Three weeks post surgery and I’m really beginning to feel better. Still a touch sore on the inside of my right knee where they went in to repair my meniscus and remove some small amounts of arthritis. Basically I pretty much haven’t done a stitch of exercise since Christmas Day when all this went down and it shows. Man are my calves sore!
My body wants to consume food as if I was still running 30 miles a week and the scale well that thing and I haven’t been friends for a while now. None the less yesterday was a beautiful day with bright sunshine, a light breeze and some cool spring temperatures. Going stir crazy I decided to head over to the Vestal Rail Trail and do some walking.
I wound up walking 4 miles with minimal discomfort and a tiny bit of soreness. This is huge in the process of healing! On April 11th I return to see my doctor for a checkup and his thoughts of when I can start slowly testing the waters of running again. My fingers are crossed that come end of April I can return. It will take me a while to get back into shape but I’m all about baby steps and doing this process right.
Whenever I’ve gone backpacking or canoe camping I’ve always used the already dehydrated meals. These are expensive and not always on the healthy side either. So back in January I purchased a small dehydrator for this sole purpose. Today I’m making my first attempt at dehydrating my own.
Today’s test meal is something I call “Sausage vegetable stew”. I put this concoction together yesterday in my crockpot and let it cook all day. Once cooled I put it into the refrigerator over night so all the flavors had a chance to meld. This morning removing the stew from the fridge I scooped it into a colander in the sink. I did this so any excess water can drain off. I then spread the stew onto my dehydration trays and now I sit and wait.
0715: The dehydration begins
1505: The Dehydration stops
I made three 6 ounce servings from this batch. Looking at one of my similar single serve pre-made meals they are 3.5 ounces. After a long day on the trail or canoeing I find that the 3.5 ounce serving doesn’t satisfy.
1- pkg Gianelli Italian turkey sausage (6 links)
2- 28oz cans crushed tomatoes
1- 10oz can petite diced tomatoes with green chiles (Mild)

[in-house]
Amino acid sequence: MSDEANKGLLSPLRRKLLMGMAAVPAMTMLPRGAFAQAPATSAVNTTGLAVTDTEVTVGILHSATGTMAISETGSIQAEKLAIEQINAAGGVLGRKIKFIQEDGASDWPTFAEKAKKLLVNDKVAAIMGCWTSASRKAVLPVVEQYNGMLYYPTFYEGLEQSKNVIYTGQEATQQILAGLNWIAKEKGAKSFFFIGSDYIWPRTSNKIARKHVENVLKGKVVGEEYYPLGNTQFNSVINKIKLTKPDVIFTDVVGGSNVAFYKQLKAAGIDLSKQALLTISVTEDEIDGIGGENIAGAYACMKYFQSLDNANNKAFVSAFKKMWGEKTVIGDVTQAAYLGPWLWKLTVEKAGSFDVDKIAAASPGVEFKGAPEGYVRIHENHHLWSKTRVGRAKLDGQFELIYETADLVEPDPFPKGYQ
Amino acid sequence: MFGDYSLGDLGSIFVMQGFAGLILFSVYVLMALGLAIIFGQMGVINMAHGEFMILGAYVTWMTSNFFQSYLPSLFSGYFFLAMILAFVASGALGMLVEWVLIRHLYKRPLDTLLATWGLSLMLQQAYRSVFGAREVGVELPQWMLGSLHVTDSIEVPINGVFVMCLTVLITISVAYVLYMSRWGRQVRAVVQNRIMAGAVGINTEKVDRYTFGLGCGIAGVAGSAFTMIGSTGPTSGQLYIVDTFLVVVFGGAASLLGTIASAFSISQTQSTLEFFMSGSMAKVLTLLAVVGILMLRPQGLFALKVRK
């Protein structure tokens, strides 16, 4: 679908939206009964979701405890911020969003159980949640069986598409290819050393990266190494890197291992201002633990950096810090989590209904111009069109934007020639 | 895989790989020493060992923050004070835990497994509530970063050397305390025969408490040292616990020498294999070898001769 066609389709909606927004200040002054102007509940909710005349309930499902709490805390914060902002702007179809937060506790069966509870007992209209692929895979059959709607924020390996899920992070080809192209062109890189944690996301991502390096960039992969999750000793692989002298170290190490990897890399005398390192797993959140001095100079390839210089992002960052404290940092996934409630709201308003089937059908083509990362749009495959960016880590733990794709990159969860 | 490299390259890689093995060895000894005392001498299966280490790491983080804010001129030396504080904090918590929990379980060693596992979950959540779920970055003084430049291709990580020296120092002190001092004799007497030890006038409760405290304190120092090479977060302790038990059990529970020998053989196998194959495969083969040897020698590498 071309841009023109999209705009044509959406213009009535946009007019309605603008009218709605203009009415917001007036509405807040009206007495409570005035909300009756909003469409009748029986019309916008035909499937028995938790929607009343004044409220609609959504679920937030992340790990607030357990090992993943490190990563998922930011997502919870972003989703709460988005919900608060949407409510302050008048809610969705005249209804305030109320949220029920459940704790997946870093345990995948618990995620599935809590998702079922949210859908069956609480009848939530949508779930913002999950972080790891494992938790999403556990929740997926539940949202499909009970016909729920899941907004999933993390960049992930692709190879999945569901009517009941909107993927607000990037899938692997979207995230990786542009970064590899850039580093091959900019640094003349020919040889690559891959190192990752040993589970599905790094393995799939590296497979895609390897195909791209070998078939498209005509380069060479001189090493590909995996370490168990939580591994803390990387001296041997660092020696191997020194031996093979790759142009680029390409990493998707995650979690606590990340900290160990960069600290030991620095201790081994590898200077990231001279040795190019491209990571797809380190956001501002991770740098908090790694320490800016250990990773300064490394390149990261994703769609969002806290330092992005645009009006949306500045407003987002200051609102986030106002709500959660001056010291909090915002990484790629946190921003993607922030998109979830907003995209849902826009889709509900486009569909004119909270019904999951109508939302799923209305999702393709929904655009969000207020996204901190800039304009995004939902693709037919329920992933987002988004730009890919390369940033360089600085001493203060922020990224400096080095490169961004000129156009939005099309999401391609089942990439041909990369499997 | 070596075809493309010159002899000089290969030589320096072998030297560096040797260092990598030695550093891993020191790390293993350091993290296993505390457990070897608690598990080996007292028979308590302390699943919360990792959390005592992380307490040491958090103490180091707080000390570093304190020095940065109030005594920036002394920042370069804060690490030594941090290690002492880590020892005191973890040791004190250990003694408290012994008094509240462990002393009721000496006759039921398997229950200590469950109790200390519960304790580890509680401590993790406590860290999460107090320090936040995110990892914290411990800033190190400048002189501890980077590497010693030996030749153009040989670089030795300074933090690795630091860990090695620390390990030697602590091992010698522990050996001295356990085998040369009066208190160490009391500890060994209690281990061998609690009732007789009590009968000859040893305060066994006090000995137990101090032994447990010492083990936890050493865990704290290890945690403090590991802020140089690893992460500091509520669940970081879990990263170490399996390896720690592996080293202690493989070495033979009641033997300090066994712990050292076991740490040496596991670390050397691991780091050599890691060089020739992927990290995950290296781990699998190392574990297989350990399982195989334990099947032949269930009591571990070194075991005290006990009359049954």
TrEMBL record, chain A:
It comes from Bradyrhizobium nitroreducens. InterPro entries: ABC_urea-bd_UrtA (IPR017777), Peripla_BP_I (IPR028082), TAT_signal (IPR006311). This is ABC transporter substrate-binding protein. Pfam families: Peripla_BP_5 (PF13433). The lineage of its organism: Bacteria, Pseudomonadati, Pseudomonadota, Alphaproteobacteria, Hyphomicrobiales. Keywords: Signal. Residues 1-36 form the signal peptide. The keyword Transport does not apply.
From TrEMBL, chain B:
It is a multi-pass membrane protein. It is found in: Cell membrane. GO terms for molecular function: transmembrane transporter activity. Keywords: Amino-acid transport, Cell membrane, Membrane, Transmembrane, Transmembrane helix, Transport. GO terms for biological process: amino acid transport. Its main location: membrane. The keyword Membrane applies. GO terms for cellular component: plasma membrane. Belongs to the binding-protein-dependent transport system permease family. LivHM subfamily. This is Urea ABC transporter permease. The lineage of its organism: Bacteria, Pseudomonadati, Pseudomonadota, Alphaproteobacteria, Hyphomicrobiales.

1- 15.5 can Goya black eyed peas
1- 15.5oz Goya small red beans (I rinsed and drained both cans of beans)
1- 15oz can mixed vegetables
1- 15oz can cut green beans
1- pepper chopped
Half of an onion chopped
2- tbsp minced garlic
Salt, pepper and Italian seasoning to taste….
Combine all ingredients into crockpot except the sausage. Next fill a pot with water and bring to a boil, removing the sausage from the casings while you wait. Once the water is at a boil breakup the sausage as you put it into the water and cook for a few minutes. After sausage is cooked drain it in a colander. Next boil another pot or kettle of water and pour it over the sausage to rinse any residual fat (This is important). Once rinsed you can combine the meat into your crockpot.
I love the Gianelli sausage as it has half the fat and calories (90 calories per link) as pork sausage and it tastes amazing. This meal has a total of 1,875 calories according to all packaging. However caloric value does change during the dehydration process according to what I’ve read.
This recipe is endless with what you can do for your own personal taste. And a special thank you to my buddy Gary who claims he will be the guinea pig.
It is no secret that I love gear, so when I came across this Uberleben Stoker flatpack stove I knew I had to give it a try. I already own a Solostove Lite which I love. In my opinion you can’t have too many twig stoves.
This afternoon I headed to my local State Park to get it’s fire burning and have some food. Conditions out on the trail aren’t always perfect and today’s weather I feel was a good representative of that. The temperature a balmy 38 degrees in addition to 15-17MPH winds and snow flurries thrown in for good measure. It has been very damp and wet here lately so in order to get the fire going I decided to bring some dryer lint and two small pieces of fat wood and in no time the belly of this beast had come alive.
I filled my pot with 12 ounces of cold water and placed it on top. I continued to feed the fire a steady diet of leaves, twigs and sticks. The one thing I have noticed with these twigs stoves is they are constantly hungry. In these conditions it took 15 minutes for the 12 ounces of water to boil which I felt was reasonable. On a warm day with light wind I’m confident boiling time would be around 8-9 minutes.
I poured the water into a Goodto-Go single serve dehydrated meal (Chicken Gumbo) stirred and sealed and let rehydrate for 15 minutes. I put another 12 ounces of water back into my pot in order to boil for coffee.